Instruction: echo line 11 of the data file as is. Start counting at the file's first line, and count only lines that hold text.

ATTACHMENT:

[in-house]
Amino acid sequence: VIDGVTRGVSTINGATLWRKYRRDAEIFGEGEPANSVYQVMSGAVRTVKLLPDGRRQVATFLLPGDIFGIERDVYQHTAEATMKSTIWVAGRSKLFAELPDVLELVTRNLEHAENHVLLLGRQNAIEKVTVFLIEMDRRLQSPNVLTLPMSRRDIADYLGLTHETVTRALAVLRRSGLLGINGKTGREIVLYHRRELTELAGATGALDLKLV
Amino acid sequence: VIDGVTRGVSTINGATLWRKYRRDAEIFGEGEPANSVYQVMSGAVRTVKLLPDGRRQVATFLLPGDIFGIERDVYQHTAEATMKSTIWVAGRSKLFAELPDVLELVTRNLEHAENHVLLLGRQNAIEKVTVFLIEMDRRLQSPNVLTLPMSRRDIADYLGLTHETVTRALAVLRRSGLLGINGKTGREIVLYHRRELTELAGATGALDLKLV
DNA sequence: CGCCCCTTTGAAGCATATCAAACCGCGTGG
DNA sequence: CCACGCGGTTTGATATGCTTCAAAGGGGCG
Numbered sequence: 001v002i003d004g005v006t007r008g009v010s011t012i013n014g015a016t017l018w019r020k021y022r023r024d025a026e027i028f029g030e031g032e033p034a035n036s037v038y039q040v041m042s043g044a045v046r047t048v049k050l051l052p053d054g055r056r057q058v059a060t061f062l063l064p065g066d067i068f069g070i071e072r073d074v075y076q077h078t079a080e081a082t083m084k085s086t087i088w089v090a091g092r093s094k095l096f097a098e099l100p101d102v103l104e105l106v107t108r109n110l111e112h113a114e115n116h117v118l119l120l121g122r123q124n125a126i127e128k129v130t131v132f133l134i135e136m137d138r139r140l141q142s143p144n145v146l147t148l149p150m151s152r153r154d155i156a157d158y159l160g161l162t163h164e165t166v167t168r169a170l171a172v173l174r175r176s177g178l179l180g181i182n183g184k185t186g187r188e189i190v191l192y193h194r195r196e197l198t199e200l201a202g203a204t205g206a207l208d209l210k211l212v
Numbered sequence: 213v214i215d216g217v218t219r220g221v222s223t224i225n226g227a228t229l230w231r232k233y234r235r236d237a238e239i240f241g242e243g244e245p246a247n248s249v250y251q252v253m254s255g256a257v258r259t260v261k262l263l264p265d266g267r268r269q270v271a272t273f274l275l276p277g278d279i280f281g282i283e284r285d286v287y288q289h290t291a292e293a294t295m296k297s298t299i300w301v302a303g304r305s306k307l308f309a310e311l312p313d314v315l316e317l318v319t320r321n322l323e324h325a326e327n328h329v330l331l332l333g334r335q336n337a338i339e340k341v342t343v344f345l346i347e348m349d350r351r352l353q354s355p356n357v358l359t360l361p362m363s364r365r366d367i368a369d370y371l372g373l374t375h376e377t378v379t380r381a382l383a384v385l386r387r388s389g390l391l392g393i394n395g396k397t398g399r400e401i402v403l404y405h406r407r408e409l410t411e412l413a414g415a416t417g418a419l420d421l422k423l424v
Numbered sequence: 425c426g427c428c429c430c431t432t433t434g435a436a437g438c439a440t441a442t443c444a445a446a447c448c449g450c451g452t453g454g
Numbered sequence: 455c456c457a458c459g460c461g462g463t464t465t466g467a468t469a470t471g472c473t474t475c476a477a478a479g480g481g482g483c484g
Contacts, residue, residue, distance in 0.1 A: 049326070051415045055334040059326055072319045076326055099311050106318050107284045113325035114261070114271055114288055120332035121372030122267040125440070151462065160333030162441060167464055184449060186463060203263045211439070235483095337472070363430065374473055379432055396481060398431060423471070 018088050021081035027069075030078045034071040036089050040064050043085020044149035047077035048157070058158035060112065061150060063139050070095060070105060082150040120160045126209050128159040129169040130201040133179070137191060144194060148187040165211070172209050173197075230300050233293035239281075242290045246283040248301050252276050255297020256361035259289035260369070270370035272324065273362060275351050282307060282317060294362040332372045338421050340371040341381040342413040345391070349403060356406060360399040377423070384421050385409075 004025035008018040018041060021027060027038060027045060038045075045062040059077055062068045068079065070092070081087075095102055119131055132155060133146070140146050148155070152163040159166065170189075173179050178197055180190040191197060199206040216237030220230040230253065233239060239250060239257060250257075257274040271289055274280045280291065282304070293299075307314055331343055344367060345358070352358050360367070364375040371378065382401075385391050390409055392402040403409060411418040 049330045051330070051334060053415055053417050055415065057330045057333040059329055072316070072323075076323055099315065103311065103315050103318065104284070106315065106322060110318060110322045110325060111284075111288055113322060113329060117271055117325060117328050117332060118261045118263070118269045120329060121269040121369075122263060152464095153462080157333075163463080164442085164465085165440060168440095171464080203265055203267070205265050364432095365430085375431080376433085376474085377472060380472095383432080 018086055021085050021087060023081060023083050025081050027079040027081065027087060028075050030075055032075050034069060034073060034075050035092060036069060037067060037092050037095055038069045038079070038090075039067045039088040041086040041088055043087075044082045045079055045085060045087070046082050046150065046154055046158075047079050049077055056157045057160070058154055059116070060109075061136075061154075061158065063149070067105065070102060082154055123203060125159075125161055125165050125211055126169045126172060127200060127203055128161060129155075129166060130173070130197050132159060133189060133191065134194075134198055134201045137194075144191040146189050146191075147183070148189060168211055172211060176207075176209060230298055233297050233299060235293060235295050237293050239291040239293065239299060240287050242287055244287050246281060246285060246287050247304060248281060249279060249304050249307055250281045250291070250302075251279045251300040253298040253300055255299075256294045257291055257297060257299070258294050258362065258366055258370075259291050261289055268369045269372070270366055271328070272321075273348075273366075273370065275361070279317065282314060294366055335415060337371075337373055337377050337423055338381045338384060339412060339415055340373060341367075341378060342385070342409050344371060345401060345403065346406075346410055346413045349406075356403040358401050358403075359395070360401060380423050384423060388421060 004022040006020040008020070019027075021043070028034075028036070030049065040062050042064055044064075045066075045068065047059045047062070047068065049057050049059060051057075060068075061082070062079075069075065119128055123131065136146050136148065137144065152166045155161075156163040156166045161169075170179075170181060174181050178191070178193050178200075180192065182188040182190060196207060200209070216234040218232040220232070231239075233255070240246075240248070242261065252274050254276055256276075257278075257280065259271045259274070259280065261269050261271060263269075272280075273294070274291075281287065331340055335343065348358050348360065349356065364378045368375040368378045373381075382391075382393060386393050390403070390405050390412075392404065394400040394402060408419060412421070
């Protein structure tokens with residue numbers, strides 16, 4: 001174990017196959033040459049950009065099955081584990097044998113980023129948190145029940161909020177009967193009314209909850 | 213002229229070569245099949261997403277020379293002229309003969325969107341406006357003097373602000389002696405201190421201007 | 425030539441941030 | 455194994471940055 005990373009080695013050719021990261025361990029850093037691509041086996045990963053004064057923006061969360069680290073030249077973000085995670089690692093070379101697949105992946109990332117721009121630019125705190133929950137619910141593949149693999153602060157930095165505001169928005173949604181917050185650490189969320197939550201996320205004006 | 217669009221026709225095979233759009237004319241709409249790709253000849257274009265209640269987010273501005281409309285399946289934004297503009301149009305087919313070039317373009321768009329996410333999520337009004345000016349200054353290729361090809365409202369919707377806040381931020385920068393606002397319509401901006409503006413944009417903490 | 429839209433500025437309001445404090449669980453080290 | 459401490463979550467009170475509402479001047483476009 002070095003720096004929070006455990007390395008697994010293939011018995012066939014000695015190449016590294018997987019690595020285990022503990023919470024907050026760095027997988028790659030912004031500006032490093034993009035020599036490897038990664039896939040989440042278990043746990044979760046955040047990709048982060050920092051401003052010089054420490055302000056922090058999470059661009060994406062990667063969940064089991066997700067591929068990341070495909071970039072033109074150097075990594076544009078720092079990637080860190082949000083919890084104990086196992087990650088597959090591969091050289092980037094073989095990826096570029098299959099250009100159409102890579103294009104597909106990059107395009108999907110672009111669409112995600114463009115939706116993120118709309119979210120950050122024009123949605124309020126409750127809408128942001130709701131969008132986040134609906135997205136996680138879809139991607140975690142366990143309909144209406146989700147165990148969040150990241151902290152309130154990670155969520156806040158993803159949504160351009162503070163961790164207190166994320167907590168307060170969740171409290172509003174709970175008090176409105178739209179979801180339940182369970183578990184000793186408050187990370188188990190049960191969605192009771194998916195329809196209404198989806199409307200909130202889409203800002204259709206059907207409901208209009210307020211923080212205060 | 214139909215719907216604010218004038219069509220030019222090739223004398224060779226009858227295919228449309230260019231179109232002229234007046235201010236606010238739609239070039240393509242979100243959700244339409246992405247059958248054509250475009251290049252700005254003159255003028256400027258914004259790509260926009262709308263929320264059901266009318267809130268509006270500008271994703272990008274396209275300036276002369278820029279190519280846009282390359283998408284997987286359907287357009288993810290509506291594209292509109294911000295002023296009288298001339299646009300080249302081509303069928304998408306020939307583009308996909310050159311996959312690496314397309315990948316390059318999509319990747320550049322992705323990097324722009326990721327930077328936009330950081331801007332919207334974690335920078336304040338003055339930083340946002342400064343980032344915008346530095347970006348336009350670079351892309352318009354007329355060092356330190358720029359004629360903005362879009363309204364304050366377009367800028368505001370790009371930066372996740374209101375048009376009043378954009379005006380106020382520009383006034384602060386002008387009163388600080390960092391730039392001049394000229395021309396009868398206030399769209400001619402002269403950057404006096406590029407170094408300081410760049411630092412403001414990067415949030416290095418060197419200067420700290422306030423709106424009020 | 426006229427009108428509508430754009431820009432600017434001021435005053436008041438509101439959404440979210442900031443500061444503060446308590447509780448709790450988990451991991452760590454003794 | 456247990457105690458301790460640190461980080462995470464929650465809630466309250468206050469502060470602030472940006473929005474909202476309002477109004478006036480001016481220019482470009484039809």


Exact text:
């Protein structure tokens with residue numbers, strides 16, 4: 001174990017196959033040459049950009065099955081584990097044998113980023129948190145029940161909020177009967193009314209909850 | 213002229229070569245099949261997403277020379293002229309003969325969107341406006357003097373602000389002696405201190421201007 | 425030539441941030 | 455194994471940055 005990373009080695013050719021990261025361990029850093037691509041086996045990963053004064057923006061969360069680290073030249077973000085995670089690692093070379101697949105992946109990332117721009121630019125705190133929950137619910141593949149693999153602060157930095165505001169928005173949604181917050185650490189969320197939550201996320205004006 | 217669009221026709225095979233759009237004319241709409249790709253000849257274009265209640269987010273501005281409309285399946289934004297503009301149009305087919313070039317373009321768009329996410333999520337009004345000016349200054353290729361090809365409202369919707377806040381931020385920068393606002397319509401901006409503006413944009417903490 | 429839209433500025437309001445404090449669980453080290 | 459401490463979550467009170475509402479001047483476009 002070095003720096004929070006455990007390395008697994010293939011018995012066939014000695015190449016590294018997987019690595020285990022503990023919470024907050026760095027997988028790659030912004031500006032490093034993009035020599036490897038990664039896939040989440042278990043746990044979760046955040047990709048982060050920092051401003052010089054420490055302000056922090058999470059661009060994406062990667063969940064089991066997700067591929068990341070495909071970039072033109074150097075990594076544009078720092079990637080860190082949000083919890084104990086196992087990650088597959090591969091050289092980037094073989095990826096570029098299959099250009100159409102890579103294009104597909106990059107395009108999907110672009111669409112995600114463009115939706116993120118709309119979210120950050122024009123949605124309020126409750127809408128942001130709701131969008132986040134609906135997205136996680138879809139991607140975690142366990143309909144209406146989700147165990148969040150990241151902290152309130154990670155969520156806040158993803159949504160351009162503070163961790164207190166994320167907590168307060170969740171409290172509003174709970175008090176409105178739209179979801180339940182369970183578990184000793186408050187990370188188990190049960191969605192009771194998916195329809196209404198989806199409307200909130202889409203800002204259709206059907207409901208209009210307020211923080212205060 | 214139909215719907216604010218004038219069509220030019222090739223004398224060779226009858227295919228449309230260019231179109232002229234007046235201010236606010238739609239070039240393509242979100243959700244339409246992405247059958248054509250475009251290049252700005254003159255003028256400027258914004259790509260926009262709308263929320264059901266009318267809130268509006270500008271994703272990008274396209275300036276002369278820029279190519280846009282390359283998408284997987286359907287357009288993810290509506291594209292509109294911000295002023296009288298001339299646009300080249302081509303069928304998408306020939307583009308996909310050159311996959312690496314397309315990948316390059318999509319990747320550049322992705323990097324722009326990721327930077328936009330950081331801007332919207334974690335920078336304040338003055339930083340946002342400064343980032344915008346530095347970006348336009350670079351892309352318009354007329355060092356330190358720029359004629360903005362879009363309204364304050366377009367800028368505001370790009371930066372996740374209101375048009376009043378954009379005006380106020382520009383006034384602060386002008387009163388600080390960092391730039392001049394000229395021309396009868398206030399769209400001619402002269403950057404006096406590029407170094408300081410760049411630092412403001414990067415949030416290095418060197419200067420700290422306030423709106424009020 | 426006229427009108428509508430754009431820009432600017434001021435005053436008041438509101439959404440979210442900031443500061444503060446308590447509780448709790450988990451991991452760590454003794 | 456247990457105690458301790460640190461980080462995470464929650465809630466309250468206050469502060470602030472940006473929005474909202476309002477109004478006036480001016481220019482470009484039809």